Which CGMS to choose?

I am going to ask my endo to prescribe a CGMS. I have good control of my BG but I want great control. From what I have read a CGMS can help. What criteria should I use when deciding on a CGMS? What features to look for etc?

I guess I am moving one step close to becoming a borg.

I have the impression that there’s a higher rate of “doesn’t work for me, I QUIT” incidents with Minimed. But they work pretty good on a lot of people, and Dexcom has frequent “this sucks, I QUIT” events too.

The only way to know which works better for YOU is to try both-- preferably, at the same time. Dexcom sells with a “money-back” guarantee, but Minimed doesn’t, so you’ll need your Endo to work a loaner/trial for you.

Minimed can use a 522/722 pump as the “monitor/receiver”, that’s very convenient if you already own (or are about to buy) a compatible pump. And the Minimed receivers (stand alone “Guardian” or pump) are quite waterproof if the seals are in good condition, while Dexcom’s receiver is not- splash it on the wrong place, even for a moment, and it’s dead. (Wrong places are the control buttons, and the data port on the side, and the hole to open it for servicing on the end, so there’s “wrong places” all over the durn thing.)

But other than that, and the much higher Sensor prices, Dexcom is nicer: the Transmitter doesn’t rub on your body, the Sensor taping pad holds up a lot better, and for many people (including me) it is way more accurate.

But YMMV! It’s very possible that NEITHER will work for you, so don’t put your money down unless you can get it back!

If you’ve got “good control” with no problems, I wouldn’t bother. Really! I have hypo unawareness and strangely flying bG levels (not related to food intake or insulin, probably something broken in my liver), so I need one. But they’re expensive and aggravating and not anywhere near 100% reliable; if you can get by WITHOUT, wait for much better future models. (NOT Navigator, it’s NOT really any better than the Dex.)

I just found out that I do have “good control”. The results of my last A1C had come in and my wife had forgotten to tell me. My A1C was 5.5!!! I feel silly saying it but… I am excited about this. All that finger pricking and controlling carbs has paid off.

Hi Khürt,
The answer depends on a lot of factors you did not share. Are you Type I or 2? If 2, do you use insulin? Do you have many hypos? Are you worried about night time lows?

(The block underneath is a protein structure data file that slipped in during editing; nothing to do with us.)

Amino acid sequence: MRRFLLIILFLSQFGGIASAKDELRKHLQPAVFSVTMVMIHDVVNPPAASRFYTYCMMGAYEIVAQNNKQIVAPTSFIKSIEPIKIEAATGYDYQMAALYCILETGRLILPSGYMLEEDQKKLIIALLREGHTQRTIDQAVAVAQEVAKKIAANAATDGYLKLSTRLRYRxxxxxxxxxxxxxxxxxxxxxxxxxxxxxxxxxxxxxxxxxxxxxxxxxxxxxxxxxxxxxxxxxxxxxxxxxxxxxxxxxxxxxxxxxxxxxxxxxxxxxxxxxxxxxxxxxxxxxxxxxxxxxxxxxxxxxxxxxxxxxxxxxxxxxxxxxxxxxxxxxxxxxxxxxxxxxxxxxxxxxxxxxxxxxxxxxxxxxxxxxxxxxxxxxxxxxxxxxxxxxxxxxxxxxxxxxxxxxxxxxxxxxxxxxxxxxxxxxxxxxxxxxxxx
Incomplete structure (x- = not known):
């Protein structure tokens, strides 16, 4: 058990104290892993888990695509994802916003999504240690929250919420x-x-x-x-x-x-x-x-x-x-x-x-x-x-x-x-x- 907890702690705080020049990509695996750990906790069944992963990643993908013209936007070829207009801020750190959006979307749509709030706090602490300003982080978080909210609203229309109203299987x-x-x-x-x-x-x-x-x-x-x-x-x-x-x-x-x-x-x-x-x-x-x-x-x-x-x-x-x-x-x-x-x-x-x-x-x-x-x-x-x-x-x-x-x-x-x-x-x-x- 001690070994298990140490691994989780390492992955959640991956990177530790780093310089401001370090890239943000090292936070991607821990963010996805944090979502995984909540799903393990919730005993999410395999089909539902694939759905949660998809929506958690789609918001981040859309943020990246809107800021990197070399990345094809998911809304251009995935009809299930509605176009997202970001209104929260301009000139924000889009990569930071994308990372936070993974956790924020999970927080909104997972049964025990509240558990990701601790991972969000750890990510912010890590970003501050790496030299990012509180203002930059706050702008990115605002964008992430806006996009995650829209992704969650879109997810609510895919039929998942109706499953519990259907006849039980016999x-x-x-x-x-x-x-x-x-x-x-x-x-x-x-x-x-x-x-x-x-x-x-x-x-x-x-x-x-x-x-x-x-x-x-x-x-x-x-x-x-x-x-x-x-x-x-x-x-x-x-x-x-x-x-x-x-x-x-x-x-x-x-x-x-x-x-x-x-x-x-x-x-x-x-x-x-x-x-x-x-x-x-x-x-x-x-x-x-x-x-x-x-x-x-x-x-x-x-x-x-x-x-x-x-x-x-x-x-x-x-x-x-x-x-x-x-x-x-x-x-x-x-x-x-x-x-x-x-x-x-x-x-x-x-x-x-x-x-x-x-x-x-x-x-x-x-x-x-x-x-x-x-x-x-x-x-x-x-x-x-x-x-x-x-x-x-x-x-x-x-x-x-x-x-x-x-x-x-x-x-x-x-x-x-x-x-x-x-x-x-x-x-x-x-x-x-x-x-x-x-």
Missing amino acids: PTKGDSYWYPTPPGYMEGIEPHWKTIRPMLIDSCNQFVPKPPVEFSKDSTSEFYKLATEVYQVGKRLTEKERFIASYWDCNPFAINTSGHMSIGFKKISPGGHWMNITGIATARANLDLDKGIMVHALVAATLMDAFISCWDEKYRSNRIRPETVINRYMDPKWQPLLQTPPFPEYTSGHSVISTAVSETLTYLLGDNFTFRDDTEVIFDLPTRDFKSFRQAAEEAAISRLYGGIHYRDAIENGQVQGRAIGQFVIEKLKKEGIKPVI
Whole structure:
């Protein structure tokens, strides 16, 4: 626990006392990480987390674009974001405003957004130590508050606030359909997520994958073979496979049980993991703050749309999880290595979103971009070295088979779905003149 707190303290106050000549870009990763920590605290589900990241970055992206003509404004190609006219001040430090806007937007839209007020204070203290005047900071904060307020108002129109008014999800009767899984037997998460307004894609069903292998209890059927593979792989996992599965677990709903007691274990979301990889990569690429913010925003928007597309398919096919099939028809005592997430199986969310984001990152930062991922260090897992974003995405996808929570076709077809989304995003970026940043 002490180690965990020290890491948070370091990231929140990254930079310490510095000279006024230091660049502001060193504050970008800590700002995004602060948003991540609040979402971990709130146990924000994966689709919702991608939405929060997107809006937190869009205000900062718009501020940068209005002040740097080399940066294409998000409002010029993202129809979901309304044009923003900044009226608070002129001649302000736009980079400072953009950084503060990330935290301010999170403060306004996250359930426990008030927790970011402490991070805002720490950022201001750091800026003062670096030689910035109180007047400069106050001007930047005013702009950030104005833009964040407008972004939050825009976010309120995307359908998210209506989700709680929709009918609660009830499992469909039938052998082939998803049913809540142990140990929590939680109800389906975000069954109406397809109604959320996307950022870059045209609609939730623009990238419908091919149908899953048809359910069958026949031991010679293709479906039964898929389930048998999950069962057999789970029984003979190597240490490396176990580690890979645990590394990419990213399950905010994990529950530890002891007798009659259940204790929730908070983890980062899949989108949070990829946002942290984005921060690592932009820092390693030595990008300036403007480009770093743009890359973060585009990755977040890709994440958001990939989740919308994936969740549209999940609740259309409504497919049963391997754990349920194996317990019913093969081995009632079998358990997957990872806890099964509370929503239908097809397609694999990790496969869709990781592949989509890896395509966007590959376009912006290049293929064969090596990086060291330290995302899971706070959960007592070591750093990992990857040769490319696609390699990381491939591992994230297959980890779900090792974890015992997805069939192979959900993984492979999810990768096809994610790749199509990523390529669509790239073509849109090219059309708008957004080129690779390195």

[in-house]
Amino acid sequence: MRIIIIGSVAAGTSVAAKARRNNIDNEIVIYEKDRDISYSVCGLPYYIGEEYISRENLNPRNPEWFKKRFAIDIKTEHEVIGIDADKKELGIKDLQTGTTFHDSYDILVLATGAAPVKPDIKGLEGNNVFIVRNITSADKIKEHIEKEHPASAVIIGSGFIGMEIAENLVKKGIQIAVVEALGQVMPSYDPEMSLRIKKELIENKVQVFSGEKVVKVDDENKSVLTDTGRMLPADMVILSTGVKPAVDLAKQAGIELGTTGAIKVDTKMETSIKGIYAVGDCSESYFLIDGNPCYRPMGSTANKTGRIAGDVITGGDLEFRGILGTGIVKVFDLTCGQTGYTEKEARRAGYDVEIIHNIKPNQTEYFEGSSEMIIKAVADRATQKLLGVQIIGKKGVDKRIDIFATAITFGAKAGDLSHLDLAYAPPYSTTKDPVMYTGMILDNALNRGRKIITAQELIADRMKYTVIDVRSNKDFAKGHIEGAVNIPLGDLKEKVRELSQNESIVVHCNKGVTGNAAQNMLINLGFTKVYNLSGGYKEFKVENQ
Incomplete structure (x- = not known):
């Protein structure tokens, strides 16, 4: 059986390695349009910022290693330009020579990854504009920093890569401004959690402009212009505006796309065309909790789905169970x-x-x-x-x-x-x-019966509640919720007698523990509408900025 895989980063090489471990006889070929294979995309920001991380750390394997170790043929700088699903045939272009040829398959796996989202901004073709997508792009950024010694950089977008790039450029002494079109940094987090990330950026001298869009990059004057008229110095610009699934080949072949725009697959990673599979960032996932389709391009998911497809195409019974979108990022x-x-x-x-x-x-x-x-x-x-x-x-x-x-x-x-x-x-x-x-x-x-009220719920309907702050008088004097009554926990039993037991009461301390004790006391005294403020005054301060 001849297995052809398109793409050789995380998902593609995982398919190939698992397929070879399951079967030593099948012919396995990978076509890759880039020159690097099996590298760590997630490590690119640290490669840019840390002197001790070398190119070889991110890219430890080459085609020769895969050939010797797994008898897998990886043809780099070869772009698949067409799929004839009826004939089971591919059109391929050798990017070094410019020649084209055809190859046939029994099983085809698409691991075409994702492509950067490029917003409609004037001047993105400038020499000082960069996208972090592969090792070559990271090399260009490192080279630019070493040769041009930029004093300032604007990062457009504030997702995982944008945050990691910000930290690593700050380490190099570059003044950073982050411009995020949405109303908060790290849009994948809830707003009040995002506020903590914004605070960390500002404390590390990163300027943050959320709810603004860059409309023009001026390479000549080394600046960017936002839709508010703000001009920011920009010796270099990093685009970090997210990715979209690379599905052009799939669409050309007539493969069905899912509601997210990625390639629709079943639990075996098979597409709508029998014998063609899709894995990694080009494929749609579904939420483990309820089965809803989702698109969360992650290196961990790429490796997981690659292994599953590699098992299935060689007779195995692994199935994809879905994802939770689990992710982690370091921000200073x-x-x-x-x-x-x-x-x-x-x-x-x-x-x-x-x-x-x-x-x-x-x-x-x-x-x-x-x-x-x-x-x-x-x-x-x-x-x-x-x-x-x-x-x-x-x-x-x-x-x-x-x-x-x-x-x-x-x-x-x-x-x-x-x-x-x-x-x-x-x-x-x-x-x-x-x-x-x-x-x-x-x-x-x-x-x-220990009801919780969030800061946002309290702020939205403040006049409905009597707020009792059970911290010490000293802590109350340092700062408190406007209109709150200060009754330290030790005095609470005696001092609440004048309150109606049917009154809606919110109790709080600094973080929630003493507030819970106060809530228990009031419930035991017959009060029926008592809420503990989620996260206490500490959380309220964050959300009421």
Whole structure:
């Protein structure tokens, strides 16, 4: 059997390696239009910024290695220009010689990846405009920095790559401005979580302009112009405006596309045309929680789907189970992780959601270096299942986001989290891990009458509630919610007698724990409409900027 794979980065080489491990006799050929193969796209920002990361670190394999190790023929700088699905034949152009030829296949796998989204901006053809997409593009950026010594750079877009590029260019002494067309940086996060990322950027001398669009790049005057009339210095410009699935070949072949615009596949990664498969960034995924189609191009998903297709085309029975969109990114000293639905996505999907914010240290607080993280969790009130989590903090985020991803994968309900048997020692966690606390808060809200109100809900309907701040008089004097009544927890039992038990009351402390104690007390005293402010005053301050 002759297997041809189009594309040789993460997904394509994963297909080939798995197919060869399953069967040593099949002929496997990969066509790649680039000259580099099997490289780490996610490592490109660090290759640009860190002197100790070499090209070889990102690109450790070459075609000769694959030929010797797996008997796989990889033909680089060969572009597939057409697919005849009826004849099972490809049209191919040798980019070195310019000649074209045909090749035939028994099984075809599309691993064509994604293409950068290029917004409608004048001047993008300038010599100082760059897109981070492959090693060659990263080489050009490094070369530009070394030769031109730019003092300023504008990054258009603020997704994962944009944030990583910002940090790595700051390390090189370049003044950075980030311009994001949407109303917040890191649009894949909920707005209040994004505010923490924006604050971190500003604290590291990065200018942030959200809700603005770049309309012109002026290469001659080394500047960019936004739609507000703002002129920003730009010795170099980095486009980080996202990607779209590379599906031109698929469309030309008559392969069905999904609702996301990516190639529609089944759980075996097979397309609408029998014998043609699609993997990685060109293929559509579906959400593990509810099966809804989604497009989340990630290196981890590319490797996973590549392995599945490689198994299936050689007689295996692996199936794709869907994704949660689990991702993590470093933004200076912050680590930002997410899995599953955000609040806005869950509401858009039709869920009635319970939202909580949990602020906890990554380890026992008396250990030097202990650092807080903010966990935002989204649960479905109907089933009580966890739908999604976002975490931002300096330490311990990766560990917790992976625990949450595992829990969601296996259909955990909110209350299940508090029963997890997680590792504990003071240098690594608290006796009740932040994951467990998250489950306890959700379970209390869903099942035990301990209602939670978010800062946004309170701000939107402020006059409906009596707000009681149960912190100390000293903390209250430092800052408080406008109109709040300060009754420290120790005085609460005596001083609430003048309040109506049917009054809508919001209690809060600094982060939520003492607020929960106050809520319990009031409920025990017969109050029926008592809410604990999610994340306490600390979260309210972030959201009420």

With an A1C of 5.5, the need for CGM seems slim unless you have lots of hypos.

Features that were important to us (my wife is Type I for over 50 years) include how long the sensors last, how they survive showers and cost. Ease of reading the receiver was important to her and the software appealed to the geek in me. Accuracy is important to both of us, but we have not found any convincing comparison.

Another important factor is the karma of communication with the factory rep. We chose DexCom based mainly on comparing their rep with the one from MiniMed.

I just started on my Dexcom Seven today, so I don’t have much advice for you yet. Since my insurance covers nothing, cost was an issue for me. Also, my endo, who is diabetic, has worn each brand, and hooked me up with the Dexcom.

I am Type 1. I am mostly worried about low since I have very tight control of my diabetes (A1C is 5.5). I have had a few scares (BG in the low 30s) and a CGMS would allow me to sleep more peacefully.

Hi Khürt,

Thanks for sharing your status and your concern. Tomorrow my wife is to receive training on her brand new DexCom Seven. She was diagnosed with Type 1 50 years ago during the dark ages of diabetes. Her control is almost as good as yours, at about 5.6. She too worries about lows at night and we both look forward to better sleep. Too often when we suspect a down trend we set an alarm for 3 am to test and find out if a snack is needed. Now the alarm will go off only if it IS needed.

Toni, that seems a bit “odd” – Dexcom is much cheaper to BUY, but the $60 per Sensor swamps the initial price difference pretty fast.

Now for something important: If ANYONE is gonna order a Dexcom in the next few days (before January 1), please advise a current user of the “Seven”. (Not me, I’m still using the old one for about 4-5 more months.) There’s a great offer for referrals–

“In the month of December, when you refer a friend who purchases a Seven CGM Starter kit and two Sensor 4-packs, you will received a free Seven System Sensor 4-pack”.

The Starter kit remains at the “promotional price” of $450, and the new user is gonna need Sensor packs anyway. So by buying two 4-packs right away (at the regular price of $240, which they never discount) you can pair up with a current user and let them “scalp” you and get a free $240 4-pack…

For which they should certainly be able to come up with suitable appreciation :wink:

Everyone needs to triple check, though, that all these spare unused Sensors can be returned for 100% credit, if it doesn’t work for you.

Another slightly OT: when you are in possession of more than one box ofDexcom Sensors at a time, and they might last until very near (or even PAST) the expiration date-- you can extend their life by keeping them in a wine storage refrigerator (cool is good, but getting to close to freezing KILLS THEM). My 8-bottle-sized wine fridge is at 49F. Maybe 45F would be even better, but I’m afraid to go any lower. Your “normal” kitchen fridge is almost definitely a no-no for Dexcom, although Minimed stores in the fridge pretty well.

Cool and STABLE temps. I imagine that most of the possible lifespan gain is made in going from 70F down to 50F-- those degradation processes which are still occuring rapidly at 50F probably won’t get slowed down much by going down to 45 or 40. (They won’t last forever, no matter how you store them.)

“to close to freezing” == “too close to freezing”.

Sorry, I can’t edit the typo while running a pre-release of Firefox 3.